Please use this identifier to cite or link to this item:

WRRCTMR No.54 Bromine Chloride: An Alternative Disinfectant to Chlorine

File SizeFormat 
wrrctmr54.pdf757 kBAdobe PDFView/Open

Item Summary

Title: WRRCTMR No.54 Bromine Chloride: An Alternative Disinfectant to Chlorine
Authors: Keswick, Bruce H.
Fujioka, Roger S.
Burbank, Nathan C Jr.
Loh, Philip C.
LC Subject Headings: Bromine chloride.
Disinfection and disinfectants.
Sewage -- Purification -- Chlorination.
Sewage sludge -- Disinfection.
Issue Date: May 1977
Publisher: Water Resources Research Center, University of Hawaii at Manoa
Citation: Keswick BH, Fujioka RS, Burbank NC, Loh PC. 1977. Bromine chloride: an alternative disinfectant to chlorine. Honolulu (HI): Water Resources Research Center, University of Hawaii at Manoa. WRRC technical memorandum report, 54.
Series/Report no.: WRRC Technical Memorandum Reports
Abstract: Bromine chloride (BrCl) was evaluated as an alternative to chlorine as a disinfectant of water and waste water by comparing the efficiency of these two chemicals to inactivate type 1 poliovirus seeded in various aqueous solutions. In a nitrogen-free buffer at pH 6.0, the minimum concentration of BrCl required to effectively inactivate poliovirus (4-log reduction after 15 min at 25°C) was 0.15 mg/l, whereas 0.3 mg/l of chlorine was required to accomplish the same effect. The virus inactivating efficiency of BrCl was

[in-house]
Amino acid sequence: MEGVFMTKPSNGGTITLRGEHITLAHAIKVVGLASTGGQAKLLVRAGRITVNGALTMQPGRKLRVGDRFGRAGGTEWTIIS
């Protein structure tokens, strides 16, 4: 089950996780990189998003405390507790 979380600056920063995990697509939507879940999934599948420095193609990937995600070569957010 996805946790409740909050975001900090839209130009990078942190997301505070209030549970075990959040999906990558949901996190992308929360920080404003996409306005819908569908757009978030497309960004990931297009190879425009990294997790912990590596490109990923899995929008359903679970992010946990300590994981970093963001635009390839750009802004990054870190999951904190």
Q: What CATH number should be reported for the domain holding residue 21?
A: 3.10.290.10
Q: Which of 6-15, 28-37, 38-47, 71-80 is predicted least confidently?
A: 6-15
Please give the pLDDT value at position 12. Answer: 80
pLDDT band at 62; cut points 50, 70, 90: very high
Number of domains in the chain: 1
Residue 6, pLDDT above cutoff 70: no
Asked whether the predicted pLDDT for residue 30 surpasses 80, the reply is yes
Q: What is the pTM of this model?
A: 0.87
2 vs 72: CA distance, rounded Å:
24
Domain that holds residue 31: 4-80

not interfered within the range of pH 6 to 1O. Furthermore, the addition of various concentrations of glycine and NH4Cl to the nitrogen-free buffer solutions more effectively interfered with the virus inactivating properties of chlorine than BrCl. To simulate waste water disinfection, 1 to 5 mg/l of BrCl and chlorine were added to activated sludge treated sewage effluent
seeded with poliovirus, mixed well, and titered after 15 min at 25°C. The results show that the inactivating effects of 1, 2, and 3 mg/l dose of both chlorine and BrCl were equivalent and inefficient. However, at a dose of 5 mg/l, BrCl inactivated 5 logs of virus, whereas chlorine inactivated only
2 logs of virus. These results indicate that BrCl should be seriously considered as a potential alternative to chlorine as a disinfectant.
Sponsor: U.S. Department of the Interior; Water Resources Research Center, University of Hawaii Grant/Contract No. 14-31-0001-4011, A-053-HI
Pages/Duration: v + 15 pages
Appears in Collections:WRRC Technical Memorandum Reports

Items in ScholarSpace are protected by copyright, with all rights reserved, unless otherwise indicated.